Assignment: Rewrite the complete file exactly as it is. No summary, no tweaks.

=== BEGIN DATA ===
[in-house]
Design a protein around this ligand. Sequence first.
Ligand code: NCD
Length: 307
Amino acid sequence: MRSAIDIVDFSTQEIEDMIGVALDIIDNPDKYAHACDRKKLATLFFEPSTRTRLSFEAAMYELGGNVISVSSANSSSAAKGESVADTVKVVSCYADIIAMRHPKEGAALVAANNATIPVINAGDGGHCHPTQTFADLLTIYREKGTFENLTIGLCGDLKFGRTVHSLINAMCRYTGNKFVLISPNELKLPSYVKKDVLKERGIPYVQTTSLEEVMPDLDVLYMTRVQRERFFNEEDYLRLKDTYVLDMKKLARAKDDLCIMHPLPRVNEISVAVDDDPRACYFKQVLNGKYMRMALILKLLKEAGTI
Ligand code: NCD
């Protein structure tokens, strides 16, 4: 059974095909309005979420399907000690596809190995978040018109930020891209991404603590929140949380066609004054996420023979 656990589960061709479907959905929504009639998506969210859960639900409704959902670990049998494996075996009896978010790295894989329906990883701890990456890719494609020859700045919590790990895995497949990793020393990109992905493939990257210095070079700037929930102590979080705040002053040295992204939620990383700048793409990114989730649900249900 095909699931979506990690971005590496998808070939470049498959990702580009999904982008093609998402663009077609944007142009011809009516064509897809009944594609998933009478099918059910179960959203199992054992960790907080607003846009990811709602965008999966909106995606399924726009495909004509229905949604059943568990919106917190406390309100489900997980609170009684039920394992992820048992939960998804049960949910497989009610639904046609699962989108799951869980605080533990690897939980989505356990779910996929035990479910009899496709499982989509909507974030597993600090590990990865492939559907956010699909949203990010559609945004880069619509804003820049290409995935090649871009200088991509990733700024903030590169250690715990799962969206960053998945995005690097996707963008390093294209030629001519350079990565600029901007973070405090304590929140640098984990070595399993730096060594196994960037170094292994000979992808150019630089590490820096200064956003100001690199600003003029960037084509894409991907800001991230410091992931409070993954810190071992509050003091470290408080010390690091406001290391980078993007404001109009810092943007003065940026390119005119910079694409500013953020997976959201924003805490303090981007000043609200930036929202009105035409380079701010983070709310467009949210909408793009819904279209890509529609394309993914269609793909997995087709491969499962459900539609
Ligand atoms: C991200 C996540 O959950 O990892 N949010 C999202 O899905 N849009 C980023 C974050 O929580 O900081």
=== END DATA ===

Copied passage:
[in-house]
Design a protein around this ligand. Sequence first.
Ligand code: NCD
Length: 307
Amino acid sequence: MRSAIDIVDFSTQEIEDMIGVALDIIDNPDKYAHACDRKKLATLFFEPSTRTRLSFEAAMYELGGNVISVSSANSSSAAKGESVADTVKVVSCYADIIAMRHPKEGAALVAANNATIPVINAGDGGHCHPTQTFADLLTIYREKGTFENLTIGLCGDLKFGRTVHSLINAMCRYTGNKFVLISPNELKLPSYVKKDVLKERGIPYVQTTSLEEVMPDLDVLYMTRVQRERFFNEEDYLRLKDTYVLDMKKLARAKDDLCIMHPLPRVNEISVAVDDDPRACYFKQVLNGKYMRMALILKLLKEAGTI
Ligand code: NCD
């Protein structure tokens, strides 16, 4: 059974095909309005979420399907000690596809190995978040018109930020891209991404603590929140949380066609004054996420023979 656990589960061709479907959905929504009639998506969210859960639900409704959902670990049998494996075996009896978010790295894989329906990883701890990456890719494609020859700045919590790990895995497949990793020393990109992905493939990257210095070079700037929930102590979080705040002053040295992204939620990383700048793409990114989730649900249900 095909699931979506990690971005590496998808070939470049498959990702580009999904982008093609998402663009077609944007142009011809009516064509897809009944594609998933009478099918059910179960959203199992054992960790907080607003846009990811709602965008999966909106995606399924726009495909004509229905949604059943568990919106917190406390309100489900997980609170009684039920394992992820048992939960998804049960949910497989009610639904046609699962989108799951869980605080533990690897939980989505356990779910996929035990479910009899496709499982989509909507974030597993600090590990990865492939559907956010699909949203990010559609945004880069619509804003820049290409995935090649871009200088991509990733700024903030590169250690715990799962969206960053998945995005690097996707963008390093294209030629001519350079990565600029901007973070405090304590929140640098984990070595399993730096060594196994960037170094292994000979992808150019630089590490820096200064956003100001690199600003003029960037084509894409991907800001991230410091992931409070993954810190071992509050003091470290408080010390690091406001290391980078993007404001109009810092943007003065940026390119005119910079694409500013953020997976959201924003805490303090981007000043609200930036929202009105035409380079701010983070709310467009949210909408793009819904279209890509529609394309993914269609793909997995087709491969499962459900539609
Ligand atoms: C991200 C996540 O959950 O990892 N949010 C999202 O899905 N849009 C980023 C974050 O929580 O900081």